Doctors testified protesters in Kasserine and Thala in west-central Tunisia were shot from behind, indicating they were fleeing, said the London-based rights organization, which had a delegation in Tunisia from Jan. 14 until Saturday.
Other protesters in Tunis, as well as in Kasserine, Thala and Regueb in central Tunisia, were killed by single shots to the chest or head, "suggesting deliberate intent to kill," Amnesty International said.
"This shocking evidence confirms that the Tunisian security forces were using lethal methods to quell discontent and to deter protesters," Hassiba Hadj Sahraoui, Amnesty International's Middle East and North Africa deputy director, said.
"The fact that some of those killed were clearly running away shows flagrant disregard for the people's lives," Hadj Sahraoui said. "It must be an urgent priority for the authorities to ensure that those under their command show restraint and respect for public safety."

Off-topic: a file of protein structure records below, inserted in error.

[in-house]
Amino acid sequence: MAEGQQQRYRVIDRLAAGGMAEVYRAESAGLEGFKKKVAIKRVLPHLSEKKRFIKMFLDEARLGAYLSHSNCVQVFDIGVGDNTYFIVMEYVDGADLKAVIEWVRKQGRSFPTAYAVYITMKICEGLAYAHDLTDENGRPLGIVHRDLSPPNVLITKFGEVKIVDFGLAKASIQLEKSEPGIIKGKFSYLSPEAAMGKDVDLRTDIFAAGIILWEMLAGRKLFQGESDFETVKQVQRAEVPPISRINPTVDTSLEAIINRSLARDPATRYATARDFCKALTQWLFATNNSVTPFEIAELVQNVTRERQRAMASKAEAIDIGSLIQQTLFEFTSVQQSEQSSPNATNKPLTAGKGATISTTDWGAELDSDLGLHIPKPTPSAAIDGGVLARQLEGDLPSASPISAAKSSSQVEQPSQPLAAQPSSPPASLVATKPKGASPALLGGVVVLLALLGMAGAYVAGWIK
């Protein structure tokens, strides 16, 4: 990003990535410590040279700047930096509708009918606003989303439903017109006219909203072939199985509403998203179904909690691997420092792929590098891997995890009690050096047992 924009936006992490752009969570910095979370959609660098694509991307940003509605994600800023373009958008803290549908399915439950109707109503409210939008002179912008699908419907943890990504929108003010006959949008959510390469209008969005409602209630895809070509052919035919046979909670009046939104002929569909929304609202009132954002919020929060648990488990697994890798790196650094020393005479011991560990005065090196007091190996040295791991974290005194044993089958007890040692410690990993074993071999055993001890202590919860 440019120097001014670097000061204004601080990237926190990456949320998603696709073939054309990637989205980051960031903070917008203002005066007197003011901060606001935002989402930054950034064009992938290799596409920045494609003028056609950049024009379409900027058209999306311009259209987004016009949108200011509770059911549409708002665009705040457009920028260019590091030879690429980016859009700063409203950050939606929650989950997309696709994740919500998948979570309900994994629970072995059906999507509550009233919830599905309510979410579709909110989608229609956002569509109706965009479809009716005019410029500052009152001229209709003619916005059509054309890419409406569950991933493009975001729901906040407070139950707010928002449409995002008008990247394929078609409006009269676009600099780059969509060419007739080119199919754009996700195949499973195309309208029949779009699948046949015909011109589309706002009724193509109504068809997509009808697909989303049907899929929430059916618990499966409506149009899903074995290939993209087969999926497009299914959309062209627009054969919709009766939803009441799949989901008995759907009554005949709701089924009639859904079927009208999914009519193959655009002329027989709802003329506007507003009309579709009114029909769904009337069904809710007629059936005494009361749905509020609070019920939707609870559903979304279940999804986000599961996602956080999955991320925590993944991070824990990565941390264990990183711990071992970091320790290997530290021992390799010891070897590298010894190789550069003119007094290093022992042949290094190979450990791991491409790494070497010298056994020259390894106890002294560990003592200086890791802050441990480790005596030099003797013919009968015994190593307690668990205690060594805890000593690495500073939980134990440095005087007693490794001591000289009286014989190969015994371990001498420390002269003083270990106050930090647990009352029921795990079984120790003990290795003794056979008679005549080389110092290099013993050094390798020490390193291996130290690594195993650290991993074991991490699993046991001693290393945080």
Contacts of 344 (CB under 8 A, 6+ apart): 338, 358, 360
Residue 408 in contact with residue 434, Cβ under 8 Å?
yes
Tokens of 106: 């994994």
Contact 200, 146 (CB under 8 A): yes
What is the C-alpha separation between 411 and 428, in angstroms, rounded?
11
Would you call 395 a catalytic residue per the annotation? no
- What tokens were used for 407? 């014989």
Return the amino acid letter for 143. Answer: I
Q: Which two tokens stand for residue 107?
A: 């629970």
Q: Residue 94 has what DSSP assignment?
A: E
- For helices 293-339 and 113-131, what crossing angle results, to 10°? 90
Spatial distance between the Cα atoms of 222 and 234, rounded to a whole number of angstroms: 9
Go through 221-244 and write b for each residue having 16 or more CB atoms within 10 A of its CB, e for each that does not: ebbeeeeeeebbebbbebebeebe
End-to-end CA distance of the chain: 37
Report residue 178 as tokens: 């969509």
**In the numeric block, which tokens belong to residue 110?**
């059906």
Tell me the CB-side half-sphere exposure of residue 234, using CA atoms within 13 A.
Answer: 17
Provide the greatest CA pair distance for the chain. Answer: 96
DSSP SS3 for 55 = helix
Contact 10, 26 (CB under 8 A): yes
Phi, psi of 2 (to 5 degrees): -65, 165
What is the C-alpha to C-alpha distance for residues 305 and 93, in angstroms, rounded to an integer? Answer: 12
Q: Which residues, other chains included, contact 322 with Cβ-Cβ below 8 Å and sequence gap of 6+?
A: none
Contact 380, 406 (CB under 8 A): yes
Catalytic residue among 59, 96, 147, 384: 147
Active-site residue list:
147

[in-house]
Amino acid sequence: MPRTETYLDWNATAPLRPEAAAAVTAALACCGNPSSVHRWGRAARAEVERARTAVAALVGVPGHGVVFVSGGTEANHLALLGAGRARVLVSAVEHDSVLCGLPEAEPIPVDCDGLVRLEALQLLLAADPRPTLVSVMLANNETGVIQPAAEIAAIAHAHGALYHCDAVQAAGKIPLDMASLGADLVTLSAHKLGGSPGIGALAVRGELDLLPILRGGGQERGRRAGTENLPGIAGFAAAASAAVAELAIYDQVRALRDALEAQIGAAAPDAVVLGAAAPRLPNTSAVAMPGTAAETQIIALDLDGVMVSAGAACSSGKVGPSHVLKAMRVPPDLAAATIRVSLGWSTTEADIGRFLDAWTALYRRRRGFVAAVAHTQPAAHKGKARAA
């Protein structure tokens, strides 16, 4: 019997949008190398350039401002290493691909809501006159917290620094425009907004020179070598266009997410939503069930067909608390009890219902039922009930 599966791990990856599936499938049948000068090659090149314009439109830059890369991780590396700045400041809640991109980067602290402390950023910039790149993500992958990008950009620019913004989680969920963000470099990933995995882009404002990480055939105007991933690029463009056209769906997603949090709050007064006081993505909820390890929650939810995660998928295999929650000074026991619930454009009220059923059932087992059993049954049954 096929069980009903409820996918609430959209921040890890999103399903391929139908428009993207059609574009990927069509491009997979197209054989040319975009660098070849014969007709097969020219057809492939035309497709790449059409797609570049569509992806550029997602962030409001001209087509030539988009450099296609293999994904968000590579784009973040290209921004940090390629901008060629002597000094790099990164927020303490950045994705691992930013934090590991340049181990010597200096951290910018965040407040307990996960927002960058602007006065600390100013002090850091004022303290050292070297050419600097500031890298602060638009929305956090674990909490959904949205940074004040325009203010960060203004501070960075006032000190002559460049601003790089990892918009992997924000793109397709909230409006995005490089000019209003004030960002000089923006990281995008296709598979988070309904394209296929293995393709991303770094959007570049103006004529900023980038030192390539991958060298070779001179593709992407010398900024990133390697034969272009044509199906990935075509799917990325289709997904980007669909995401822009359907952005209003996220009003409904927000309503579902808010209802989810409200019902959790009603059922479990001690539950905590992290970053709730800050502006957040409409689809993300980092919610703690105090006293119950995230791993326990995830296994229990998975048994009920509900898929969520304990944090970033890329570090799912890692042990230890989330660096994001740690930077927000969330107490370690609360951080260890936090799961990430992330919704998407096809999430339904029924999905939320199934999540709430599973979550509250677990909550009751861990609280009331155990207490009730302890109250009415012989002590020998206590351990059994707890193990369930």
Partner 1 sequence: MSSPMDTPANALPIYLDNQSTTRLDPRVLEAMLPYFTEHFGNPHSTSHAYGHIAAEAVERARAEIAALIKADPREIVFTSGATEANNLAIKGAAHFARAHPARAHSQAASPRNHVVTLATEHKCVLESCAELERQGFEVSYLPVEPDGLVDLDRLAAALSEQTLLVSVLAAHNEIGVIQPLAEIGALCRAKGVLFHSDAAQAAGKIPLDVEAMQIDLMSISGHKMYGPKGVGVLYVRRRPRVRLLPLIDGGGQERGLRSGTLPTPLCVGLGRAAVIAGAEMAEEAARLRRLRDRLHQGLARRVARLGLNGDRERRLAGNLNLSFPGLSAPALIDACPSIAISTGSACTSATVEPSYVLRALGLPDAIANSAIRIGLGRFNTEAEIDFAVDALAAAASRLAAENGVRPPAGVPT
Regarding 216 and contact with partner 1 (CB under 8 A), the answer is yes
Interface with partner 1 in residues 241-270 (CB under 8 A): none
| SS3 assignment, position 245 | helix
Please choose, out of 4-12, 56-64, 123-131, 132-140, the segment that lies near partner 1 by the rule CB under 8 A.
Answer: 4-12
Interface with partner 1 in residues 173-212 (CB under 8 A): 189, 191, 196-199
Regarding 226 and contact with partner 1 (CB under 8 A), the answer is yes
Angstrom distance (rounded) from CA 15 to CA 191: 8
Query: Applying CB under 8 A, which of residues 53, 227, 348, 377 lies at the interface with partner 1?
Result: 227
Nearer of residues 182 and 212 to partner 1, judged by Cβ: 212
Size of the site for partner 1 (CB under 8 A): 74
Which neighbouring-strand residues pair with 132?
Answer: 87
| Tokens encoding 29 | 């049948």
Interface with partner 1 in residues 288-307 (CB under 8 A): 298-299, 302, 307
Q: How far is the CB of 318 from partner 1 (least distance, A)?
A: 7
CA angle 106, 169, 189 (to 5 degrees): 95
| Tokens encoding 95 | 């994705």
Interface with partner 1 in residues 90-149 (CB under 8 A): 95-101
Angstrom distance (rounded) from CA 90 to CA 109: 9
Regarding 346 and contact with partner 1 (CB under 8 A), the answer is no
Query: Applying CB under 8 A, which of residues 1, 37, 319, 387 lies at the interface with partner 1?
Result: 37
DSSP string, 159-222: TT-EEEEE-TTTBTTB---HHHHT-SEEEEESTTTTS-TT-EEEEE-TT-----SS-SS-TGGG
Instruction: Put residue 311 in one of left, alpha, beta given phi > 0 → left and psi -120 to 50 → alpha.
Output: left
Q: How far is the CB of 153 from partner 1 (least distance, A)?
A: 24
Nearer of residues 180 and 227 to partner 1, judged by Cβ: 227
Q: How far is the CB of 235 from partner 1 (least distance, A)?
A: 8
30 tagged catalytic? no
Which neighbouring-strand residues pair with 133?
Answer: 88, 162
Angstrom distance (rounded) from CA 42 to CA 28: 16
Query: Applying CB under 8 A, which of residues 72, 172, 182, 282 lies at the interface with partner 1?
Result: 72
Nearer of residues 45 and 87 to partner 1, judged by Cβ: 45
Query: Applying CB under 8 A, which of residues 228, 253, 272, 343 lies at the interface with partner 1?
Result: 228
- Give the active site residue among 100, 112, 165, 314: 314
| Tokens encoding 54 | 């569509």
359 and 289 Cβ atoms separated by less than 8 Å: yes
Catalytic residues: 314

Tunisia's sudden and explosive wave of street protests began in December and led to the ouster of President Zine el-Abidine Ben Ali Jan. 14 after 23 years of rule. There was protester violence, but security forces used disproportionate force, firing tear gas, rubber bullets and live ammunition even when protesters were peaceful, the group said.
The demonstrations and riots, which became known as the Jasmine Revolution, were reported to have started over unemployment, food inflation, corruption, freedom of speech and poor living conditions.
The government said 78 protesters died and 94 were injured in the demonstrations.